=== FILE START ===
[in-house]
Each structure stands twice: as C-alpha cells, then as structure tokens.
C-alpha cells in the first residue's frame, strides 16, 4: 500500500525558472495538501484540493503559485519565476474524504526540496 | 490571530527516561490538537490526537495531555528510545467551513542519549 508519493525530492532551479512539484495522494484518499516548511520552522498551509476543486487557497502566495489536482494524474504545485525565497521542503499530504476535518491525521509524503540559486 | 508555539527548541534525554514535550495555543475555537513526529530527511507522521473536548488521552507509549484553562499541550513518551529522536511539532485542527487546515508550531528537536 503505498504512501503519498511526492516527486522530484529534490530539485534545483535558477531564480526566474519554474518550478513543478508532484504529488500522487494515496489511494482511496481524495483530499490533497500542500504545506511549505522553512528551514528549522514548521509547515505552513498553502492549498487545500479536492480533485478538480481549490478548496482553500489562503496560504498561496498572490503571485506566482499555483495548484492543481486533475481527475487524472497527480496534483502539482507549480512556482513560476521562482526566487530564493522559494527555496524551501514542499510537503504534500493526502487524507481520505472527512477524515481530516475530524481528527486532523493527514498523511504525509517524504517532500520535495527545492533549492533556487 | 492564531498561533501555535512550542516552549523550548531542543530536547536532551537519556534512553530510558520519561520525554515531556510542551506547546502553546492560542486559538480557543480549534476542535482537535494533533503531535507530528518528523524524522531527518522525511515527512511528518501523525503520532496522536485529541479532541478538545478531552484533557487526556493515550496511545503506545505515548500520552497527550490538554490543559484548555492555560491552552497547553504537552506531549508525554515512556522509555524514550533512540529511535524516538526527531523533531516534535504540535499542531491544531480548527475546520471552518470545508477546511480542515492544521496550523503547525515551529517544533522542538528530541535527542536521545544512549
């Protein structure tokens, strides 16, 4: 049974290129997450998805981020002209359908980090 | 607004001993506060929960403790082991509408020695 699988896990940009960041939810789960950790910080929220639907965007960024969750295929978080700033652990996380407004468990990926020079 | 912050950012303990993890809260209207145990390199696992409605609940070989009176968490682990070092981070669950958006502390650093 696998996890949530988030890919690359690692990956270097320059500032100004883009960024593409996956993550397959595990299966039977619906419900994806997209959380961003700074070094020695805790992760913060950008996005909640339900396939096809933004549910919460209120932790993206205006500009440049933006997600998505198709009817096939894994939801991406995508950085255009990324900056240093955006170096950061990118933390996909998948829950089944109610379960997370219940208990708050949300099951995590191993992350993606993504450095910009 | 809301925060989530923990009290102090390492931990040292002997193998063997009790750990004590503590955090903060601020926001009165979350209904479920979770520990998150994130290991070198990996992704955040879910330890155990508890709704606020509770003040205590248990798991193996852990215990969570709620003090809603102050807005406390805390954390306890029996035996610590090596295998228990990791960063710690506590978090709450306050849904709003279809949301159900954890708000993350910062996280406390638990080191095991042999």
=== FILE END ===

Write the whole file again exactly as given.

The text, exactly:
[in-house]
Each structure stands twice: as C-alpha cells, then as structure tokens.
C-alpha cells in the first residue's frame, strides 16, 4: 500500500525558472495538501484540493503559485519565476474524504526540496 | 490571530527516561490538537490526537495531555528510545467551513542519549 508519493525530492532551479512539484495522494484518499516548511520552522498551509476543486487557497502566495489536482494524474504545485525565497521542503499530504476535518491525521509524503540559486 | 508555539527548541534525554514535550495555543475555537513526529530527511507522521473536548488521552507509549484553562499541550513518551529522536511539532485542527487546515508550531528537536 503505498504512501503519498511526492516527486522530484529534490530539485534545483535558477531564480526566474519554474518550478513543478508532484504529488500522487494515496489511494482511496481524495483530499490533497500542500504545506511549505522553512528551514528549522514548521509547515505552513498553502492549498487545500479536492480533485478538480481549490478548496482553500489562503496560504498561496498572490503571485506566482499555483495548484492543481486533475481527475487524472497527480496534483502539482507549480512556482513560476521562482526566487530564493522559494527555496524551501514542499510537503504534500493526502487524507481520505472527512477524515481530516475530524481528527486532523493527514498523511504525509517524504517532500520535495527545492533549492533556487 | 492564531498561533501555535512550542516552549523550548531542543530536547536532551537519556534512553530510558520519561520525554515531556510542551506547546502553546492560542486559538480557543480549534476542535482537535494533533503531535507530528518528523524524522531527518522525511515527512511528518501523525503520532496522536485529541479532541478538545478531552484533557487526556493515550496511545503506545505515548500520552497527550490538554490543559484548555492555560491552552497547553504537552506531549508525554515512556522509555524514550533512540529511535524516538526527531523533531516534535504540535499542531491544531480548527475546520471552518470545508477546511480542515492544521496550523503547525515551529517544533522542538528530541535527542536521545544512549
């Protein structure tokens, strides 16, 4: 049974290129997450998805981020002209359908980090 | 607004001993506060929960403790082991509408020695 699988896990940009960041939810789960950790910080929220639907965007960024969750295929978080700033652990996380407004468990990926020079 | 912050950012303990993890809260209207145990390199696992409605609940070989009176968490682990070092981070669950958006502390650093 696998996890949530988030890919690359690692990956270097320059500032100004883009960024593409996956993550397959595990299966039977619906419900994806997209959380961003700074070094020695805790992760913060950008996005909640339900396939096809933004549910919460209120932790993206205006500009440049933006997600998505198709009817096939894994939801991406995508950085255009990324900056240093955006170096950061990118933390996909998948829950089944109610379960997370219940208990708050949300099951995590191993992350993606993504450095910009 | 809301925060989530923990009290102090390492931990040292002997193998063997009790750990004590503590955090903060601020926001009165979350209904479920979770520990998150994130290991070198990996992704955040879910330890155990508890709704606020509770003040205590248990798991193996852990215990969570709620003090809603102050807005406390805390954390306890029996035996610590090596295998228990990791960063710690506590978090709450306050849904709003279809949301159900954890708000993350910062996280406390638990080191095991042999």